We often provide a concrete example to clarify, so is it any wonder that confusion ensues when the task at hand may be purely abstract?

“But what is x?” The students need x to be something.

My students ask me, “Do you want an answer?”

“There are no numbers so I can’t give you an answer.”

I demonstrate specific examples of domains and ranges for my students because they arrive in my classroom with little or no knowledge of the uses and limitations of algebraic modelling.

My students accept the idea of an unknown and they are usually quite adept at solving simple problems like 7 + ∆ = 12. Most of my students are able to move to the idea 7 + n = 12, although, I recall during one diagnostic interview that when one student was asked to solve for n, given n + 5 = 18, he said 14 was the answer and explained that n was the 14th letter of the alphabet. When interviewing my students I have become aware that my students may not know that n can be a different number in subsequent problems. This realisation came to me when I noticed a student answering 13 for 5n = 30 because the value of n was 13 in the problem before it. Some my student explain that there is no solution possible because they are reading 5n as “fifty-something”, and not 5 “times” n.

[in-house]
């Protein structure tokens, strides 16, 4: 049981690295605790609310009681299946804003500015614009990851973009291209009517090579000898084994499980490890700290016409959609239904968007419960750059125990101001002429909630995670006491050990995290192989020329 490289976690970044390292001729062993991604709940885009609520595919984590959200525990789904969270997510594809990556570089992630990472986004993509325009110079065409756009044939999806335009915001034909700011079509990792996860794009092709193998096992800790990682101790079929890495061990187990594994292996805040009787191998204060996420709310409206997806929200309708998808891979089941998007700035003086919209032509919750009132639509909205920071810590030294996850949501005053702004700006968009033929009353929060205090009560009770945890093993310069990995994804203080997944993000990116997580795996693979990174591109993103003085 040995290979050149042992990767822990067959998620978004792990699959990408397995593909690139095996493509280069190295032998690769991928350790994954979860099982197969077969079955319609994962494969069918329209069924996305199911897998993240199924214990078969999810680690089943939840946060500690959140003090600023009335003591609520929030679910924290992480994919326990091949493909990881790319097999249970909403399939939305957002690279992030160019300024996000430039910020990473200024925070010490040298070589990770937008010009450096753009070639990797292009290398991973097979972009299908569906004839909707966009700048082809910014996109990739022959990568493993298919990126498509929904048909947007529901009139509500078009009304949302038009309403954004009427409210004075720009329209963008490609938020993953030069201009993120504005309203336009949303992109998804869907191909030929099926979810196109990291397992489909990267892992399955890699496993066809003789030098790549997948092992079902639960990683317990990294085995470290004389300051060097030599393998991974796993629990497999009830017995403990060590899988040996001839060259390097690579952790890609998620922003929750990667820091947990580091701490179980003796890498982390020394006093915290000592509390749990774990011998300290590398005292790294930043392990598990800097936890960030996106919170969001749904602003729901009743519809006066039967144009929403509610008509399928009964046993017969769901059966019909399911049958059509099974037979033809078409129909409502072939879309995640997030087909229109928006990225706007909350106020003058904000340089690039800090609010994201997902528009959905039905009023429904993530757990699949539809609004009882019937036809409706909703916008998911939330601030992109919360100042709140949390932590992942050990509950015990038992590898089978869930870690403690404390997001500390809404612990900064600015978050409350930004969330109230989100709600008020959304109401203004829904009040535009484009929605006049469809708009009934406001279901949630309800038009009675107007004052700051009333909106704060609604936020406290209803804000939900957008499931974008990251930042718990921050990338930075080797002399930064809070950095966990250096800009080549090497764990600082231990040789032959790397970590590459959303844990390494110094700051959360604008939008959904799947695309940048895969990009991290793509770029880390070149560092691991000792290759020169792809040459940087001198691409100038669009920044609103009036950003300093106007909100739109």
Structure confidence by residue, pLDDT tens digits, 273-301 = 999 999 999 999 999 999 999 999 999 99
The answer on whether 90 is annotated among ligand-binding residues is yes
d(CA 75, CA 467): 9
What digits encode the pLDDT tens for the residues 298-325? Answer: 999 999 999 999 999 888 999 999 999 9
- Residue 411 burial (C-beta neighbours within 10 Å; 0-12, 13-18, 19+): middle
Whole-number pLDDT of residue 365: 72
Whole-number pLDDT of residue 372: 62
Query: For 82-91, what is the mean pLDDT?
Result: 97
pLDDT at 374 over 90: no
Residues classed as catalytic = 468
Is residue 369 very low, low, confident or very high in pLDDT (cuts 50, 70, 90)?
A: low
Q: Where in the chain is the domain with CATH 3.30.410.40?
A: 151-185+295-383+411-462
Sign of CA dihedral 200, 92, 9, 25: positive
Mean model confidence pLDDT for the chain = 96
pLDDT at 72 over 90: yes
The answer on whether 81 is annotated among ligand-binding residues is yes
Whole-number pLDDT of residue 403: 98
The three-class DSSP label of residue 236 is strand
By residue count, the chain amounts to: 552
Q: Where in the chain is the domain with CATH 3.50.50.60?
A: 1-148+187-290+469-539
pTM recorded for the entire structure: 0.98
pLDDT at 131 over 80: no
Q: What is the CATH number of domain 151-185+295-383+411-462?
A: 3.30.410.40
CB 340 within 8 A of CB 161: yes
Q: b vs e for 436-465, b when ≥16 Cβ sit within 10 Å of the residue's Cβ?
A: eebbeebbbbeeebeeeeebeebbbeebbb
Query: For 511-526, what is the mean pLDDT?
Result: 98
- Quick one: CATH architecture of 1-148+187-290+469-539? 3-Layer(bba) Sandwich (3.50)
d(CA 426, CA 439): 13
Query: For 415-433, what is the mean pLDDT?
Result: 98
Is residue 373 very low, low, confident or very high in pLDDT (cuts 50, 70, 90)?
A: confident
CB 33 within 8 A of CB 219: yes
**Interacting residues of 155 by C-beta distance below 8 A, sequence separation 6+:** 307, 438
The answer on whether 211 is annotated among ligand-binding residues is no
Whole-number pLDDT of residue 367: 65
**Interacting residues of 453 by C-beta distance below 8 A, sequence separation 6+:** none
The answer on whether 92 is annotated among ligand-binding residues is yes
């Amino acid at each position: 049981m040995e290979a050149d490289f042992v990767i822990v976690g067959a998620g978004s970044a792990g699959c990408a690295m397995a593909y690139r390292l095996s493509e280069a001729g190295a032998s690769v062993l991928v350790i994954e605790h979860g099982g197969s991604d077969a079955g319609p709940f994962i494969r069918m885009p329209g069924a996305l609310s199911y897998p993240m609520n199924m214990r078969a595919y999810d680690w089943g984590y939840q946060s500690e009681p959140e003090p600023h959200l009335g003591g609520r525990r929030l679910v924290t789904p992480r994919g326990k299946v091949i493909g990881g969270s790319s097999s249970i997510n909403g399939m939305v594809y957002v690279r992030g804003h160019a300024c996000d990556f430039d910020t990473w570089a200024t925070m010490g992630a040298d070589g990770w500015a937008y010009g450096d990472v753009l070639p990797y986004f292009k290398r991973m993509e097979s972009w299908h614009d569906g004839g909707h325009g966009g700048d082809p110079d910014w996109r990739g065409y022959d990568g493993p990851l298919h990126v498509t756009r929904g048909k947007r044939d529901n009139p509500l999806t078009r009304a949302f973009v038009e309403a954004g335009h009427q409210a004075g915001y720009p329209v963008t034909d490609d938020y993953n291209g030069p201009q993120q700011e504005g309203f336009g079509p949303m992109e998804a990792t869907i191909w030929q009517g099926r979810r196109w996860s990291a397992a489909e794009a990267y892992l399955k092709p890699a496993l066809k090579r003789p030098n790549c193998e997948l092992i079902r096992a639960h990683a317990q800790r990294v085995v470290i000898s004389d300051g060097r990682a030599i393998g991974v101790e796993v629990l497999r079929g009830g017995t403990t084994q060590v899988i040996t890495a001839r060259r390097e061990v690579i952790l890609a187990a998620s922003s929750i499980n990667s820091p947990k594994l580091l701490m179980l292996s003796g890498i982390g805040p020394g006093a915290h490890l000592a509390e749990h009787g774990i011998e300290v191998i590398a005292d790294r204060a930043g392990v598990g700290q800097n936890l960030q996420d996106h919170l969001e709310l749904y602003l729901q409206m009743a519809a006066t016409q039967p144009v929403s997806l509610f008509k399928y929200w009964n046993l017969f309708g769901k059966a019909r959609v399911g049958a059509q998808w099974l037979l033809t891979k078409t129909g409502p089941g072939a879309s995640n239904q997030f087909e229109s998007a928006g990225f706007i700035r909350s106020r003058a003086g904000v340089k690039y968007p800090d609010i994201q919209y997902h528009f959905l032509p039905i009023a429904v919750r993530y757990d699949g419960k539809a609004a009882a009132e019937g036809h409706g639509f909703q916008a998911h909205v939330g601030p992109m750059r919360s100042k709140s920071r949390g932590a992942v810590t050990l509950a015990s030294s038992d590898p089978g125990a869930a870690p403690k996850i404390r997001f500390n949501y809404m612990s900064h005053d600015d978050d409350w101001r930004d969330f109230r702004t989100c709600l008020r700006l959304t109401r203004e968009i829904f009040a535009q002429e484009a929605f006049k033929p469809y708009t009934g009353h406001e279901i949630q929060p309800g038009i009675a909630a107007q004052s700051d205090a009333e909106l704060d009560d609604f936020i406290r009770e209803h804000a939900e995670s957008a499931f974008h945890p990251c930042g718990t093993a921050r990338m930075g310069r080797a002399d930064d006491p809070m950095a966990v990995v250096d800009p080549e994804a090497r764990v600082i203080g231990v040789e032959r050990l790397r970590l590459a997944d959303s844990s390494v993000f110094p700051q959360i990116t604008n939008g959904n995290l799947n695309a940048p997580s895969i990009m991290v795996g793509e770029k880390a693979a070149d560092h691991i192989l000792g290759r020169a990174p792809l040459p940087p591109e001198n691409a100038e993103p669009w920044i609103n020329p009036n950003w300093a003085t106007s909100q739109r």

How do we know unknowns are challenging for our students to learn?

We assess our student with an Solving Equations Diagnostic Test.

So what have we done to help our students understand unknowns?

We have changed the way we approach our teaching by:



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